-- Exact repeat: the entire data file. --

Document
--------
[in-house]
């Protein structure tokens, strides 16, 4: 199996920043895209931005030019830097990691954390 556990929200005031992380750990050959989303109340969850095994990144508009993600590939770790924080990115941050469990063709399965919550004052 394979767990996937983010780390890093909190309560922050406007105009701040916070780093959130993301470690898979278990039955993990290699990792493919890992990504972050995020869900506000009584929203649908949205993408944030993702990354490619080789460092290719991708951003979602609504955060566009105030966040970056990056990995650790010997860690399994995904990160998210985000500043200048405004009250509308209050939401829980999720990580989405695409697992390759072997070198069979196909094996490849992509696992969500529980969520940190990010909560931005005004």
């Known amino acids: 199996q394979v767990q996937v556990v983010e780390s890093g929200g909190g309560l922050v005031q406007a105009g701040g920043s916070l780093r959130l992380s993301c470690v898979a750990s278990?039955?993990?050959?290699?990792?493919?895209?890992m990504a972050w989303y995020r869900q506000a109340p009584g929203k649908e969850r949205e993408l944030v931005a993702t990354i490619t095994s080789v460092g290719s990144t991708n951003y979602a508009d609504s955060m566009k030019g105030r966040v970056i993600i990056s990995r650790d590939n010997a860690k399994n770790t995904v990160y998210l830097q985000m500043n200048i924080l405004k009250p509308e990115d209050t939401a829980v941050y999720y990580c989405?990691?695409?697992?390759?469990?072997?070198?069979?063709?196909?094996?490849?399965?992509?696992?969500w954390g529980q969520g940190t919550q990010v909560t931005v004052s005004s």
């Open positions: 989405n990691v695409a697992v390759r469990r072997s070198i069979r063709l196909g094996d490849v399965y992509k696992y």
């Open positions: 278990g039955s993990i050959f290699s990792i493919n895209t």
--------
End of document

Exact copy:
[in-house]
């Protein structure tokens, strides 16, 4: 199996920043895209931005030019830097990691954390 556990929200005031992380750990050959989303109340969850095994990144508009993600590939770790924080990115941050469990063709399965919550004052 394979767990996937983010780390890093909190309560922050406007105009701040916070780093959130993301470690898979278990039955993990290699990792493919890992990504972050995020869900506000009584929203649908949205993408944030993702990354490619080789460092290719991708951003979602609504955060566009105030966040970056990056990995650790010997860690399994995904990160998210985000500043200048405004009250509308209050939401829980999720990580989405695409697992390759072997070198069979196909094996490849992509696992969500529980969520940190990010909560931005005004």
């Known amino acids: 199996q394979v767990q996937v556990v983010e780390s890093g929200g909190g309560l922050v005031q406007a105009g701040g920043s916070l780093r959130l992380s993301c470690v898979a750990s278990?039955?993990?050959?290699?990792?493919?895209?890992m990504a972050w989303y995020r869900q506000a109340p009584g929203k649908e969850r949205e993408l944030v931005a993702t990354i490619t095994s080789v460092g290719s990144t991708n951003y979602a508009d609504s955060m566009k030019g105030r966040v970056i993600i990056s990995r650790d590939n010997a860690k399994n770790t995904v990160y998210l830097q985000m500043n200048i924080l405004k009250p509308e990115d209050t939401a829980v941050y999720y990580c989405?990691?695409?697992?390759?469990?072997?070198?069979?063709?196909?094996?490849?399965?992509?696992?969500w954390g529980q969520g940190t919550q990010v909560t931005v004052s005004s």
């Open positions: 989405n990691v695409a697992v390759r469990r072997s070198i069979r063709l196909g094996d490849v399965y992509k696992y």
């Open positions: 278990g039955s993990i050959f290699s990792i493919n895209t």